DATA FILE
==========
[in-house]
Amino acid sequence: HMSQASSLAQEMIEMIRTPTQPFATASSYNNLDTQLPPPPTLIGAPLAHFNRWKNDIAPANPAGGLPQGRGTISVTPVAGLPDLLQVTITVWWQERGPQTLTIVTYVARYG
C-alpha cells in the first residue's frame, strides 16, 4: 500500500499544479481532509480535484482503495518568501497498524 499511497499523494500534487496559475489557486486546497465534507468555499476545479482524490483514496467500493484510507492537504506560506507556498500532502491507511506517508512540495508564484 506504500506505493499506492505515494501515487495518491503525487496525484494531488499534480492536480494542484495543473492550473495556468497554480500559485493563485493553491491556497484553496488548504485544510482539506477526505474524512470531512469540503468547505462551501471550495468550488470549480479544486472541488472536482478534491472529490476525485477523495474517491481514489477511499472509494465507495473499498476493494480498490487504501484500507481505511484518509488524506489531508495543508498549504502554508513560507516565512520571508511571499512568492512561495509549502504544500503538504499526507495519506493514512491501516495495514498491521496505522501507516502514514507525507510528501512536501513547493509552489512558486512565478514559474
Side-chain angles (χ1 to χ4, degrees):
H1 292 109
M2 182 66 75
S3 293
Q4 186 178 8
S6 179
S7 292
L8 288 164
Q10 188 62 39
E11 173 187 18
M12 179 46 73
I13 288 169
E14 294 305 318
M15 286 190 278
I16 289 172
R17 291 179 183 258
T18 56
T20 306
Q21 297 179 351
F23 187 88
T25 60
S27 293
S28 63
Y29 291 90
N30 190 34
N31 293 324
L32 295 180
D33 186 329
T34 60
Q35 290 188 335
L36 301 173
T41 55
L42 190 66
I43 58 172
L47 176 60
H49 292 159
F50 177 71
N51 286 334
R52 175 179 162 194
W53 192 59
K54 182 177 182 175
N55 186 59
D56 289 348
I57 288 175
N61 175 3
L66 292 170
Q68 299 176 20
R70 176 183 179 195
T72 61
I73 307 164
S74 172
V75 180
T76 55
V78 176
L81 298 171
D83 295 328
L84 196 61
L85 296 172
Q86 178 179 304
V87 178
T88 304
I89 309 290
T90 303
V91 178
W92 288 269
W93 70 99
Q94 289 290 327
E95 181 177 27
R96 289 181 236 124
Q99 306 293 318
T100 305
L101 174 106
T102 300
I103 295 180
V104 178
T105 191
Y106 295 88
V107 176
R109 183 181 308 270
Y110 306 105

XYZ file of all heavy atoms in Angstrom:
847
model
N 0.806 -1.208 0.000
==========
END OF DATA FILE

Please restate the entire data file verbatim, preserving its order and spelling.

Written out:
[in-house]
Amino acid sequence: HMSQASSLAQEMIEMIRTPTQPFATASSYNNLDTQLPPPPTLIGAPLAHFNRWKNDIAPANPAGGLPQGRGTISVTPVAGLPDLLQVTITVWWQERGPQTLTIVTYVARYG
C-alpha cells in the first residue's frame, strides 16, 4: 500500500499544479481532509480535484482503495518568501497498524 499511497499523494500534487496559475489557486486546497465534507468555499476545479482524490483514496467500493484510507492537504506560506507556498500532502491507511506517508512540495508564484 506504500506505493499506492505515494501515487495518491503525487496525484494531488499534480492536480494542484495543473492550473495556468497554480500559485493563485493553491491556497484553496488548504485544510482539506477526505474524512470531512469540503468547505462551501471550495468550488470549480479544486472541488472536482478534491472529490476525485477523495474517491481514489477511499472509494465507495473499498476493494480498490487504501484500507481505511484518509488524506489531508495543508498549504502554508513560507516565512520571508511571499512568492512561495509549502504544500503538504499526507495519506493514512491501516495495514498491521496505522501507516502514514507525507510528501512536501513547493509552489512558486512565478514559474
Side-chain angles (χ1 to χ4, degrees):
H1 292 109
M2 182 66 75
S3 293
Q4 186 178 8
S6 179
S7 292
L8 288 164
Q10 188 62 39
E11 173 187 18
M12 179 46 73
I13 288 169
E14 294 305 318
M15 286 190 278
I16 289 172
R17 291 179 183 258
T18 56
T20 306
Q21 297 179 351
F23 187 88
T25 60
S27 293
S28 63
Y29 291 90
N30 190 34
N31 293 324
L32 295 180
D33 186 329
T34 60
Q35 290 188 335
L36 301 173
T41 55
L42 190 66
I43 58 172
L47 176 60
H49 292 159
F50 177 71
N51 286 334
R52 175 179 162 194
W53 192 59
K54 182 177 182 175
N55 186 59
D56 289 348
I57 288 175
N61 175 3
L66 292 170
Q68 299 176 20
R70 176 183 179 195
T72 61
I73 307 164
S74 172
V75 180
T76 55
V78 176
L81 298 171
D83 295 328
L84 196 61
L85 296 172
Q86 178 179 304
V87 178
T88 304
I89 309 290
T90 303
V91 178
W92 288 269
W93 70 99
Q94 289 290 327
E95 181 177 27
R96 289 181 236 124
Q99 306 293 318
T100 305
L101 174 106
T102 300
I103 295 180
V104 178
T105 191
Y106 295 88
V107 176
R109 183 181 308 270
Y110 306 105

XYZ file of all heavy atoms in Angstrom:
847
model
N 0.806 -1.208 0.000